The United Nations Regional Information Centre for Western Europe (UNRIC), which has a focus on sustainable development projects, has showcased the MaREI Dingle Peninsula 2030 project.

The aim of the project, MaREI said, is to “build a flourishing community, fostering a vibrant and diverse ecosystem of stakeholders to facilitate the creation and maintenance of well-paid, year-round jobs on the Dingle peninsula”.

Established in 2018, Dingle Peninsula 2030 is made up of the Dingle Creativity and Innovation Hub, ESB Networks, North East and West Kerry Development – a community development organisation – and the MaREI Centre, the research centre for energy, climate and the marine.

Its aim is to work with the local community and transport and farming sectors to help the peninsula become more sustainable and meet the United Nations Sustainable Development Goals.

‘Climate Hacks’

So far, the partnership’s work has included: establishing the Dingle Sustainable Energy Community; developing an education and outreach programme and associated website; running ‘Climate Hacks’ in local secondary schools; initiating a pilot Farm Ambassador Programme, using soil and water monitors to ensure that the impact from the spreading of fertilisers is minimised; delivering community meetings on the peninsula to give residents an opportunity to voice their concerns and priorities on sustainability, and improving sustainable transport links.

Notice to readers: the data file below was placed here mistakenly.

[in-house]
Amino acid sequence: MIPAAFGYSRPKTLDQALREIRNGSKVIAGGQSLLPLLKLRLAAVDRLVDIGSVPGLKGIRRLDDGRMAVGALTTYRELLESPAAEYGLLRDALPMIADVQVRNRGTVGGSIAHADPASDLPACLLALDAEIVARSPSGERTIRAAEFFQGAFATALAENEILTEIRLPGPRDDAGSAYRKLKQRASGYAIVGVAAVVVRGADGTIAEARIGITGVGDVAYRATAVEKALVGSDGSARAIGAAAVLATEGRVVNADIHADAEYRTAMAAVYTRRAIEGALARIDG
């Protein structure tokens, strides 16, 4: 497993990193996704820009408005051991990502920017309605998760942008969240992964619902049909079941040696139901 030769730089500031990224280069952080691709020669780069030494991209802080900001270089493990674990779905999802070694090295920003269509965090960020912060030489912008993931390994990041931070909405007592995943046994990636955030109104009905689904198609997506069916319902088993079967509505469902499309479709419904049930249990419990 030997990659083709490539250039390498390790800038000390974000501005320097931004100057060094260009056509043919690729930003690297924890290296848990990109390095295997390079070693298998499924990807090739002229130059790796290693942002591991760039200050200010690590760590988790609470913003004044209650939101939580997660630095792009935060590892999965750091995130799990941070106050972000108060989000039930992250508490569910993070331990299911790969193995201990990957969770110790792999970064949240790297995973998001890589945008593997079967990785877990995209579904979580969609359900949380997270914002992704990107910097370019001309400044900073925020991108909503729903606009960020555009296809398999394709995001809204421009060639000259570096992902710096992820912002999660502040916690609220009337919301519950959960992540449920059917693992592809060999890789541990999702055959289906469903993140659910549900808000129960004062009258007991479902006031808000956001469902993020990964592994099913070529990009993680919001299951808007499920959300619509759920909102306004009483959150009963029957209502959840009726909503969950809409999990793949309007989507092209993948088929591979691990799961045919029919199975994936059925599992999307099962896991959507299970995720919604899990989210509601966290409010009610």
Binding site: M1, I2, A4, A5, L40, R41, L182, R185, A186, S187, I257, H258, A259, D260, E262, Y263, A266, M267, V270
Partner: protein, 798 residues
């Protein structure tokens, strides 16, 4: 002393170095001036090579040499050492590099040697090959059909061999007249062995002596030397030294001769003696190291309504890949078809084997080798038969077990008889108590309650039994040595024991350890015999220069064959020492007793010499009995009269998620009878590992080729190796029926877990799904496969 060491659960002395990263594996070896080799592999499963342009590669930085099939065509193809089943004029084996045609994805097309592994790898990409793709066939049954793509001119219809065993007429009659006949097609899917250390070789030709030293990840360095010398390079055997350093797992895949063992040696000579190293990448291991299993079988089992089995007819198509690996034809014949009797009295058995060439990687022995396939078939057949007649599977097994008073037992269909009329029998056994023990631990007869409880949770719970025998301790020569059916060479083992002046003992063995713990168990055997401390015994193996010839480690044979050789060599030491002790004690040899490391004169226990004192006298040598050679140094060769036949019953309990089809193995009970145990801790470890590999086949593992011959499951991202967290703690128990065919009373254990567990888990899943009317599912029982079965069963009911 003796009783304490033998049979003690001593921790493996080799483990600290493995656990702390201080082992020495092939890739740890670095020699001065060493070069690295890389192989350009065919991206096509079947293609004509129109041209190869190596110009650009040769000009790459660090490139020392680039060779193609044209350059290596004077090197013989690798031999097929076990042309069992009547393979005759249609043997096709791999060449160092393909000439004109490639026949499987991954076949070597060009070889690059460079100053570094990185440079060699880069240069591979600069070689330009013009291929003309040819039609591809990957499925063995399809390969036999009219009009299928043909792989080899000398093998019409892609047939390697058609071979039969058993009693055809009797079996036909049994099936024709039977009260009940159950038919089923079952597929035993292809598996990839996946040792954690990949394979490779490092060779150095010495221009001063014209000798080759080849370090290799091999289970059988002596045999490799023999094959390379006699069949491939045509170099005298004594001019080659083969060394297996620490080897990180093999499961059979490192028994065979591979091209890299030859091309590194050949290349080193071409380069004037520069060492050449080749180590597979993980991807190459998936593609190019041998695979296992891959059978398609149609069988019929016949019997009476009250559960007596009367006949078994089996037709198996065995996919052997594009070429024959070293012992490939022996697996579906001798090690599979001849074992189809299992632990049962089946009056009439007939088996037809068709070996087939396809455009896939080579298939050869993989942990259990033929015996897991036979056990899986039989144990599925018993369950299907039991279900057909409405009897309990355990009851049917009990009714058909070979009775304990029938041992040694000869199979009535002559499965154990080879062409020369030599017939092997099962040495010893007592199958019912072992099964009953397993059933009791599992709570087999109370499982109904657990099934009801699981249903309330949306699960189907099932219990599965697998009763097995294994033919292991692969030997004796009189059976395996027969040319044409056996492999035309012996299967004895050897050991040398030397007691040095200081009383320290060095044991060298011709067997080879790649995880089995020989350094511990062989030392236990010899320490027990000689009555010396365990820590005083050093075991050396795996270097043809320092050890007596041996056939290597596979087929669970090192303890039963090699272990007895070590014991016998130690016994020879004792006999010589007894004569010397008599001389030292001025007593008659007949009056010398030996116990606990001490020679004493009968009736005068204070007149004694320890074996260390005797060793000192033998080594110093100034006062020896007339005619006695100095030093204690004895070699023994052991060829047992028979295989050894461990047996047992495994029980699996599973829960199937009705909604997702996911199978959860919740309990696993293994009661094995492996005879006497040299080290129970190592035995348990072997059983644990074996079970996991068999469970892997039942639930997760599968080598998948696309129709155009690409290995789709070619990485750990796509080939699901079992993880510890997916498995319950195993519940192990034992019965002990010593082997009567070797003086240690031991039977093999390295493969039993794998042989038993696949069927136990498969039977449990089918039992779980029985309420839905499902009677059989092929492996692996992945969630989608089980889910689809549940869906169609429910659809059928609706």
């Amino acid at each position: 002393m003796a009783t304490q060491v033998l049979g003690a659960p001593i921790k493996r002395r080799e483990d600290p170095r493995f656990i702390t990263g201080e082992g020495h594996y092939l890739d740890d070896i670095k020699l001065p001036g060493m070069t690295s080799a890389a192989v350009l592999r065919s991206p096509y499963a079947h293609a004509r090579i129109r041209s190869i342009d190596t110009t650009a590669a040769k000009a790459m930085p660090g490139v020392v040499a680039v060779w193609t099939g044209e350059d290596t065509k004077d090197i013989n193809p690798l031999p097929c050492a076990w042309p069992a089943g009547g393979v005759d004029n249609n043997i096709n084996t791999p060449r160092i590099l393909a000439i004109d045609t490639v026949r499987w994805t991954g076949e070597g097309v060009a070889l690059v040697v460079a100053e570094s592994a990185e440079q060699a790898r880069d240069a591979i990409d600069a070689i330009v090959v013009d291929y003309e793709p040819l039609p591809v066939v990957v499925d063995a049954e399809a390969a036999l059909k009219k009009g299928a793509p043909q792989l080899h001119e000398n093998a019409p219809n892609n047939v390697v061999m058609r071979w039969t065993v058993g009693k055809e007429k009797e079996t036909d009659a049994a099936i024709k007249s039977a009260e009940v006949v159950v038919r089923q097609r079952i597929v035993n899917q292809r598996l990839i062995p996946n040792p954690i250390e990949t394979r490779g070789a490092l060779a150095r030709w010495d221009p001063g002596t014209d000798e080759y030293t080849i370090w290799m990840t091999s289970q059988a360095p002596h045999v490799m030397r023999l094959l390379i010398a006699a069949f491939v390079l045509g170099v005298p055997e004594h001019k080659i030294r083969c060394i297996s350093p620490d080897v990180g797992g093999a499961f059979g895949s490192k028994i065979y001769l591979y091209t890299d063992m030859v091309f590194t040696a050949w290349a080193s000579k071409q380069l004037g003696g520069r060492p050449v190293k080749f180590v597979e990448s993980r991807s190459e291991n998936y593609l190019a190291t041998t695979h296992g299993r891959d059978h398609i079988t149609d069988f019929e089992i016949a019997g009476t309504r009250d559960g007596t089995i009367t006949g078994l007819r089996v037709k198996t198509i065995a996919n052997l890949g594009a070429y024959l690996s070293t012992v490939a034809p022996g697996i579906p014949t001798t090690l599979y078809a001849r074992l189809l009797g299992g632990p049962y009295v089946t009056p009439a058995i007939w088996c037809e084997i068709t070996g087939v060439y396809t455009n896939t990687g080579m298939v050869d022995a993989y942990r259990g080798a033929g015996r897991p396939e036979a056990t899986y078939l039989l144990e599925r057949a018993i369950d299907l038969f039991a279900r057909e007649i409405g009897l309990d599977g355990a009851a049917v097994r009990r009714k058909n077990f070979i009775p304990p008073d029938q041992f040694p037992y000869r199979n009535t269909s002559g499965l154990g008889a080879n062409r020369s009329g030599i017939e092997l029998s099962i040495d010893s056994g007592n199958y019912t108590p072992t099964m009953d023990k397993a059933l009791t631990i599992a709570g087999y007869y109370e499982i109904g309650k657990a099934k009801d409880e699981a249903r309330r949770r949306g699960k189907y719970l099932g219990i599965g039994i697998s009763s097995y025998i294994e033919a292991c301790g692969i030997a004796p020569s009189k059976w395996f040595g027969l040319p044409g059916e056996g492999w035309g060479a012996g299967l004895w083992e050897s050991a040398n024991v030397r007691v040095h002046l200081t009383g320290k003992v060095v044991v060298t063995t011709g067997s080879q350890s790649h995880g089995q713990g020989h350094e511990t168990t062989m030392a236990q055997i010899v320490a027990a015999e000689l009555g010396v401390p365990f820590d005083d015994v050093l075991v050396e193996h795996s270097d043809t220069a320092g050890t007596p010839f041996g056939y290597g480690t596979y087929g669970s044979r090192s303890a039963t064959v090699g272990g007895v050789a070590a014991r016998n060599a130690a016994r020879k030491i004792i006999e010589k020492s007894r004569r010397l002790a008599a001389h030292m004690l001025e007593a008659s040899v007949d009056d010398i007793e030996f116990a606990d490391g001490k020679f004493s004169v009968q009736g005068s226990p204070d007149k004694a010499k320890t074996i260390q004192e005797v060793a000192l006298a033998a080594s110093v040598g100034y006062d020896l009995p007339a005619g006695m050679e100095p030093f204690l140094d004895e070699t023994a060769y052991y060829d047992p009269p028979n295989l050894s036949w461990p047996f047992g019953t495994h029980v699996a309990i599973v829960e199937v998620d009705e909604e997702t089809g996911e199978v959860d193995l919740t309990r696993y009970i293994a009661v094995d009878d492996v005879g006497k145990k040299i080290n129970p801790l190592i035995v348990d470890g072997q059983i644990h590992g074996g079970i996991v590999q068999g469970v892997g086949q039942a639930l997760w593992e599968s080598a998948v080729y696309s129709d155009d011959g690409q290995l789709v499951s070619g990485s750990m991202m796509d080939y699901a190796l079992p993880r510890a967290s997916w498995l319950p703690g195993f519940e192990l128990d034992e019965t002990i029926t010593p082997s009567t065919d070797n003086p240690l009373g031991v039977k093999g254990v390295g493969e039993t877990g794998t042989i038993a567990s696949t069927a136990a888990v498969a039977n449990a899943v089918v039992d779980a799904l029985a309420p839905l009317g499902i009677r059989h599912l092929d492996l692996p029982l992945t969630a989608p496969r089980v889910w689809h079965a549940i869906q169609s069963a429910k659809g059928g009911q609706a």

The initial motivation behind the project was to improve climate action and explore clean energy alternatives. However, as the project has developed, it has broadened its understanding of sustainability.

“Our mission is to build a flourishing community, fostering a vibrant and diverse ecosystem of stakeholders to facilitate the creation and maintenance of well-paid, year-round jobs on the Dingle peninsula”, said Deirdre de Bhailís, manager, Dingle Creativity and Innovation Hub.

Climate Action and Community Development

Tourism contributes about 30% of the economic activity in the area. While the it brings many opportunities, it also creates challenges, such as a heavy reliance on seasonal employment and a lack of availability of long-term housing leases (due to many short-term rentals).

This has led to a reduced number of young people returning to the area post university. As a result, the community’s population becomes older, making it more difficult to look after and support isolated and vulnerable members of the society.

According to Connor McGookin, PhD researcher, MaREI Centre: “Climate action and community development are inseparable, particularly in rural areas. We will not have a transition to a low carbon energy system if we do not have healthy, vibrant communities.”

Sustainable development and community wellbeing

Sustainable development, then, means not only addressing environmental concerns, but also strengthening community wellbeing and building local capacity and capability for innovation.

For the area to flourish, it is essential that the local environment supports local entrepreneurship and provides facilities for employment opportunities for young families looking to settle on the peninsula.

“One of the key challenges for rural communities is to develop the ecosystem and set of networks that can support sustainable businesses that can provide well-paid, fulfilling, diverse jobs that can help sustain the local communities as they transition to a low carbon future”, said Brendan Touhy, board member, Dingle Creativity and Innovation Hub.

Engaged research is central to many of the projects. Through an ongoing monitoring and reflection process, the lessons learnt during the project have been captured in order to help inform similar initiatives elsewhere within Ireland and abroad.